failure to incorporate such evidence into the record in a prior proceeding.” Perkins v. Chater,
107 F.3d 1290, 1296 (7th Cir. 1997) (quoting 42 U.S.C. § 405(g)). Evidence is “new” if it was
“not in existence or available to the claimant at the time of the administrative proceeding.” Id.
New evidence is “material” if there is a “reasonable probability” that the ALJ would have
reached a different conclusion had the evidence been considered. Johnson v. Apfel, 191 F.3d
770, 776 (7th Cir. 1999). Thus, new evidence is material only if it is relevant to the claimant’s
condition “during the relevant time period encompassed by the disability application under
review.” Kapusta v. Sullivan, 900 F.2d 94, 97 (7th Cir. 1990).
Both Dr. Toth-Russell’s and Dr. Bartlett’s January 2013 examinations and opinions, as
well as the December 2012 MRI results, would likely be considered “new” evidence because
they were not in existence at the time of the administrative hearing. More importantly, however,
they are immaterial because neither pertained to Boldt’s condition during the relevant insured
period. Moreover, neither Dr. Toth-Russell nor Dr. Bartlett gave a retroactive opinion that
would link Boldt’s symptoms in January 2013 to earlier headaches. Thus, the ALJ was not
obligated to consider the December 2012 and January 2013 medical evidence.
Third, Boldt challenges the ALJ’s RFC determination alleging that the ALJ improperly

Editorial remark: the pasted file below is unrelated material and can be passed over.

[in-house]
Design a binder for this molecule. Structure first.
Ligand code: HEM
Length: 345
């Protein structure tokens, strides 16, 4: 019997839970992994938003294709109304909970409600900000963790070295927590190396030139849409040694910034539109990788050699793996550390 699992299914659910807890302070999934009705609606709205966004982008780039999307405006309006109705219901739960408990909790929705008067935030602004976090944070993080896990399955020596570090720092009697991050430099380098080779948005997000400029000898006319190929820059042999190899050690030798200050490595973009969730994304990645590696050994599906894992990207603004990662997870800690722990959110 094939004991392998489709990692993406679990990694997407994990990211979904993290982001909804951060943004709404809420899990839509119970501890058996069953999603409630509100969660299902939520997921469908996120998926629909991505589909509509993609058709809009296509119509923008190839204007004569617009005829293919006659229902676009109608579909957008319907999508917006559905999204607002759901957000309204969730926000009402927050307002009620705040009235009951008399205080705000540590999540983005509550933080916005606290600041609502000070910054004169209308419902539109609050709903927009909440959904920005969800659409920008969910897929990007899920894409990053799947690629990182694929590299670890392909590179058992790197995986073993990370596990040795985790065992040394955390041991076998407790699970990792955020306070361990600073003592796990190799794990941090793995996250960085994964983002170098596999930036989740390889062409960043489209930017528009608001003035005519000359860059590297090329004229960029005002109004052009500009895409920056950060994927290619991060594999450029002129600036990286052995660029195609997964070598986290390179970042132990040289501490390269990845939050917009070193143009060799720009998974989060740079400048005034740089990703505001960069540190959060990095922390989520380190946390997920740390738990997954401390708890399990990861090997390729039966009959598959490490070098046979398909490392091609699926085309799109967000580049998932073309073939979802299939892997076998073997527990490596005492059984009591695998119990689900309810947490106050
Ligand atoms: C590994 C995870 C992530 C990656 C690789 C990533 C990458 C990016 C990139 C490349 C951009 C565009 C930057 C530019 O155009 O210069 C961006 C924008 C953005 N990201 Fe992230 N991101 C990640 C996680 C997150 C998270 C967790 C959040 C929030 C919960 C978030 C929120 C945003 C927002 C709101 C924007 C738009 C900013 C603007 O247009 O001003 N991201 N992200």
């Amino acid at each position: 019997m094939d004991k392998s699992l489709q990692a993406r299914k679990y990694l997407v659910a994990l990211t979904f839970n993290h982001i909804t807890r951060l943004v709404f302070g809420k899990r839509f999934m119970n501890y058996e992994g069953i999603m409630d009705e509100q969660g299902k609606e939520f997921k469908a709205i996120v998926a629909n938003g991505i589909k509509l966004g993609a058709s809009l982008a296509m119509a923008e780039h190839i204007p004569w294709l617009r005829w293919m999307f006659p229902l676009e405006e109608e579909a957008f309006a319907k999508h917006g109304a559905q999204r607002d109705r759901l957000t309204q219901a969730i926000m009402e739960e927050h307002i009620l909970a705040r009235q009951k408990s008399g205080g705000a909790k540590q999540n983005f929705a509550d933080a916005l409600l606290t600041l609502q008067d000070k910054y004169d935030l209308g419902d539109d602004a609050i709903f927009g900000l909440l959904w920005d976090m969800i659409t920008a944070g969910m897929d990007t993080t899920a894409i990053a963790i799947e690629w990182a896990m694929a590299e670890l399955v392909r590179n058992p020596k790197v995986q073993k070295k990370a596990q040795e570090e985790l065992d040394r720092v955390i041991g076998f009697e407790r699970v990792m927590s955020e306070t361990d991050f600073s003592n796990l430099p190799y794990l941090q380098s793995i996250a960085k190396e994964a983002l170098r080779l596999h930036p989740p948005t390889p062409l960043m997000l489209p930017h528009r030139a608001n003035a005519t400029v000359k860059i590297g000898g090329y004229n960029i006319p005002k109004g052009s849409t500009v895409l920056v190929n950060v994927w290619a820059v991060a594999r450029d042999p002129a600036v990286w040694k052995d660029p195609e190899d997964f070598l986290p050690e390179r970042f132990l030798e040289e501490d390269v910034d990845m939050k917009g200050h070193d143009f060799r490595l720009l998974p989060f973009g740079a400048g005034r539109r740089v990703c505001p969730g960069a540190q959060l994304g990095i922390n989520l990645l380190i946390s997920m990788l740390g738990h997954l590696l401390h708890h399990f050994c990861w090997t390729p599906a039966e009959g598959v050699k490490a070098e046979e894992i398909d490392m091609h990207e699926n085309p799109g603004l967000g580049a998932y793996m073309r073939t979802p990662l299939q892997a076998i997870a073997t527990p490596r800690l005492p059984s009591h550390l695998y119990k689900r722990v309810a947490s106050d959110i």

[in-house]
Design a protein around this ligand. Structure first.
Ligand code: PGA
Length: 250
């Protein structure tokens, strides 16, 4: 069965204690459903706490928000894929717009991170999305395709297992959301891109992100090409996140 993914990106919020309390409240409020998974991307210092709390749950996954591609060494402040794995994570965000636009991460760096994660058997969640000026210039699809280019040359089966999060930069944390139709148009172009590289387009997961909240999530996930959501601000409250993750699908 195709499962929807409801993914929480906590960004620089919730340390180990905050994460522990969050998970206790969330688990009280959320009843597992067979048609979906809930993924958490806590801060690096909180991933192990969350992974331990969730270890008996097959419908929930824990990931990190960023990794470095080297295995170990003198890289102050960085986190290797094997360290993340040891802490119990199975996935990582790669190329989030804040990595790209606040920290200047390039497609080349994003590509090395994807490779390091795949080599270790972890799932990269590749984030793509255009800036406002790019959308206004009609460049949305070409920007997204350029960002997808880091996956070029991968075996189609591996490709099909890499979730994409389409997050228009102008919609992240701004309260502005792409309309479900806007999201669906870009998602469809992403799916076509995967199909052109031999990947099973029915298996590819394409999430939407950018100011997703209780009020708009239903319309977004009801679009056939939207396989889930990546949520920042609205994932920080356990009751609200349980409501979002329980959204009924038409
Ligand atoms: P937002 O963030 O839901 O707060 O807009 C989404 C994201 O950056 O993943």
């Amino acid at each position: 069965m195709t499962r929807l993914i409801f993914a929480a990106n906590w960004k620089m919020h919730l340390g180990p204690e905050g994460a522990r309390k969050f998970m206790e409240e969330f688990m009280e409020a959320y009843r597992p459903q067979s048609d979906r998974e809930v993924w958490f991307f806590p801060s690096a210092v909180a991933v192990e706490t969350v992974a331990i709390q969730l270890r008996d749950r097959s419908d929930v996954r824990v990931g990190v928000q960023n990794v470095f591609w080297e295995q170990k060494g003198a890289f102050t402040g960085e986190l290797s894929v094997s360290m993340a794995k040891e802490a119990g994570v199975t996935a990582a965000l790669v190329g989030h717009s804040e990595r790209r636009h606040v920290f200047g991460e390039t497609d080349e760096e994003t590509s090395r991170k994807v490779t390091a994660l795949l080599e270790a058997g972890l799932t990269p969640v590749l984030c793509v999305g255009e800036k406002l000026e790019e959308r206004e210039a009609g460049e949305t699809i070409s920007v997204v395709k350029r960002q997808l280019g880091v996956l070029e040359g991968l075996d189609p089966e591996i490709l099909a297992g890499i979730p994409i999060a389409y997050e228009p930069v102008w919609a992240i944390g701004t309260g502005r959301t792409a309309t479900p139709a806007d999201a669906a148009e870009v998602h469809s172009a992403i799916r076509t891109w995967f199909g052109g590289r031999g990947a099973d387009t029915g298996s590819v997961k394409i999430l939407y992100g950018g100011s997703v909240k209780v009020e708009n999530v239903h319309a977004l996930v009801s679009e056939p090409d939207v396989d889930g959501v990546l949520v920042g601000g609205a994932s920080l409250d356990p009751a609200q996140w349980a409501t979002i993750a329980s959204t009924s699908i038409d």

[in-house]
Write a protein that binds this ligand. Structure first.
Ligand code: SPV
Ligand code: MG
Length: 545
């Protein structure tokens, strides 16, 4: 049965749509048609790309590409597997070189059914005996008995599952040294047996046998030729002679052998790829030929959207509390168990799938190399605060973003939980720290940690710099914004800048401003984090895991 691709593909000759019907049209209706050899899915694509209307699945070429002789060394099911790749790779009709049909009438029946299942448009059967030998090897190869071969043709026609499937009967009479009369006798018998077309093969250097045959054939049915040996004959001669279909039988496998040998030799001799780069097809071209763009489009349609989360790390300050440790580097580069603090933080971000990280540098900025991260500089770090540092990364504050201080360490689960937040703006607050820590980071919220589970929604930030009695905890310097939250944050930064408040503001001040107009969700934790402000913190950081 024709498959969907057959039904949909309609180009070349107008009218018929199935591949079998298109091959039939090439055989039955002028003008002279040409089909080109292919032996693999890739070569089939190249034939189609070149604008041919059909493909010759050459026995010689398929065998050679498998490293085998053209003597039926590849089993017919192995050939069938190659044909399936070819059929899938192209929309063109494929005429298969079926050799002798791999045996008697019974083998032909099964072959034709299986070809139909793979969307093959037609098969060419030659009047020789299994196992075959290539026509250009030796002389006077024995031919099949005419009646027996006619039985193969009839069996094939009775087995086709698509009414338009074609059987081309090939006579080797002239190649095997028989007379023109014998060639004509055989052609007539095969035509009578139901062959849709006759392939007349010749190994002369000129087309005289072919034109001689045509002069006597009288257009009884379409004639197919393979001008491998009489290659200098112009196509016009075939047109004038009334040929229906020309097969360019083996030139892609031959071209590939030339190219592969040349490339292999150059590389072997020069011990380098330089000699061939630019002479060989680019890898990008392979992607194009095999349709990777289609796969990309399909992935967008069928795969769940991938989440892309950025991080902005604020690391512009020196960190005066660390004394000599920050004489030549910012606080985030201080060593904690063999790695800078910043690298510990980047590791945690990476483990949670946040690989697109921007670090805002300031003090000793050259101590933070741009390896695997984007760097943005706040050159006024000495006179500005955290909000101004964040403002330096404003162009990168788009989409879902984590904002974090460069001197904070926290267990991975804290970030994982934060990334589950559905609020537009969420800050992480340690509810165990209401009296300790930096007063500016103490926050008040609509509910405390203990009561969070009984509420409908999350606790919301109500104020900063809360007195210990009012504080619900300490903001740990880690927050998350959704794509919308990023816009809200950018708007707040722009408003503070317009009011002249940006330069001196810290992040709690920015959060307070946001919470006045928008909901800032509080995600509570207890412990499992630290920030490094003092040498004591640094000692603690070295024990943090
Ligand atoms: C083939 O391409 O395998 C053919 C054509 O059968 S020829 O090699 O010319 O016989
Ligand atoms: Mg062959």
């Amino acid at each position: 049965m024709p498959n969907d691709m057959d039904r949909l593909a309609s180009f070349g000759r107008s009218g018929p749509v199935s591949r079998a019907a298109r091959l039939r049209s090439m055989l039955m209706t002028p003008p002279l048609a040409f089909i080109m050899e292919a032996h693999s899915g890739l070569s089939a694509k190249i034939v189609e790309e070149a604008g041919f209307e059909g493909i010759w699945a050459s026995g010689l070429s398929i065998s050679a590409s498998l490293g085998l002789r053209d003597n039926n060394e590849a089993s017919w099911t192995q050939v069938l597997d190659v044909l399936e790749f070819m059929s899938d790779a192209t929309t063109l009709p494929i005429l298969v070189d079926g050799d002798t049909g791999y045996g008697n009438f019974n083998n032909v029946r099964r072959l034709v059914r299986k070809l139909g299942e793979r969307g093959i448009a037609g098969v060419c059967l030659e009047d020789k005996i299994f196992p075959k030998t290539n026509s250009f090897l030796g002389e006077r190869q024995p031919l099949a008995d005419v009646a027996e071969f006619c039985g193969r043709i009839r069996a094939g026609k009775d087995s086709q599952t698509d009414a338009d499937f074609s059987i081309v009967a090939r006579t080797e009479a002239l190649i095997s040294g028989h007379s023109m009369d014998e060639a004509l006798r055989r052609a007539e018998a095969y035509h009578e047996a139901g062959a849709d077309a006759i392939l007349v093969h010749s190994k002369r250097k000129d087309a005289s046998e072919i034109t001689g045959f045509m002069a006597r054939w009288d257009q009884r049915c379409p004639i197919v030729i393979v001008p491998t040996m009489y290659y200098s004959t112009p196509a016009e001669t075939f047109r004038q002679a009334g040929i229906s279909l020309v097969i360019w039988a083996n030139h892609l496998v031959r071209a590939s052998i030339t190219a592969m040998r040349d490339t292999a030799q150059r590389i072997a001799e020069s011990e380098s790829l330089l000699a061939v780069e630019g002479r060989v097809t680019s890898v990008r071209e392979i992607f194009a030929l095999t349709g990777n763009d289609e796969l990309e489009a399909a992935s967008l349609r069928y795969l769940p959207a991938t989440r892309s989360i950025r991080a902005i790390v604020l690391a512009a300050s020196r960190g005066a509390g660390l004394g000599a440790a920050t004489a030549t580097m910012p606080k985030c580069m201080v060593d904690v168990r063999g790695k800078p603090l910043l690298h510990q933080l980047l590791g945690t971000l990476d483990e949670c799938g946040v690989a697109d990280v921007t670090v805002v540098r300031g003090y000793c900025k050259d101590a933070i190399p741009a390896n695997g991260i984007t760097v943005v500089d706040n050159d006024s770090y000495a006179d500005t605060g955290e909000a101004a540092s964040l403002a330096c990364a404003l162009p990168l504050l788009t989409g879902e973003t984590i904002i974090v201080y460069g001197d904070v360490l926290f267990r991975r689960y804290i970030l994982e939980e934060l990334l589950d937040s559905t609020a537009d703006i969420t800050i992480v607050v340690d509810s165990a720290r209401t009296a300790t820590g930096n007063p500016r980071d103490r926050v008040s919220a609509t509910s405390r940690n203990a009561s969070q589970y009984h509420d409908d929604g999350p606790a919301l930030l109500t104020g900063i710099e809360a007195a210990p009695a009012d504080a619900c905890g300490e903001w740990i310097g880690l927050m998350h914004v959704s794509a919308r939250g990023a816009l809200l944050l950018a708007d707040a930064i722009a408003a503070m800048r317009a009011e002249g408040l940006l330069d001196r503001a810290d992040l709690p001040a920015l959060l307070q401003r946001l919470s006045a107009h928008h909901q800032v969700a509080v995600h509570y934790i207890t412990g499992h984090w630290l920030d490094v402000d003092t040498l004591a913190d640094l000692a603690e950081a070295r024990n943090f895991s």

evaluated the credibility of Boldt’s subjective symptoms. In assessing a claimant’s subjective
symptoms, particularly pain, the ALJ must follow a two-step process. SSR 96-7p. First, the ALJ
must determine whether there is a medically determinable impairment that can be shown by
acceptable medical evidence and can be reasonably expected to produce the claimant’s pain or
other symptoms. Id. Second, after showing an underlying physical or mental impairment that
could reasonably be expected to produce the claimant’s pain or other symptoms, the ALJ must
evaluate the intensity, persistence, and limiting effects of the impairment to determine the extent
to which the symptoms limit the claimant’s ability to work. Id.
Whenever a claimant’s statements about the symptoms and limitations of his impairment
are not substantiated by objective medical evidence, the ALJ must make a finding on the
credibility of the individual’s statements based on a consideration of the entire case record. Id.
The ALJ may not discredit a claimant’s testimony about her pain and limitations solely because
there is no objective medical evidence supporting it. Carradine v. Barnhart, 360 F.3d 751, 753
(7th Cir. 2004). Where conflicting evidence allows reasonable minds to differ as to whether a
claimant is disabled, the responsibility for that decision falls on the Secretary or the Secretary’s
designate, the ALJ. Herr v. Sullivan, 912, F.2d 178, 181 (7th Cir. 1990).
Although a claimant for social security disability benefits can establish the severity of his
symptoms by his own testimony, his subjective complaints need not be accepted insofar as they
clash with other, objective medical evidence in the record. Arnold v. Barnhart, 473 F.3d 816,
823 (7th Cir. 2007). An ALJ is free to discount an applicant’s testimony on the basis of other
evidence in the record. Johnson v. Barnhart, 449 F.3d 804, 804 (7th Cir. 2006). Because an ALJ
is in a special position to hear, see, and assess witnesses, her credibility determinations are given
special deference and will only be overturned if they are patently wrong. Shideler v. Astrue, No.
11-3284, 2012 WL 2948539, at *4 (7th Cir. July 20, 2012). An ALJ’s credibility determination
will only be considered patently wrong when it lacks any explanation or support. Elder v.
Astrue, 529 F.3d 408, 413–14 (7th Cir. 2008).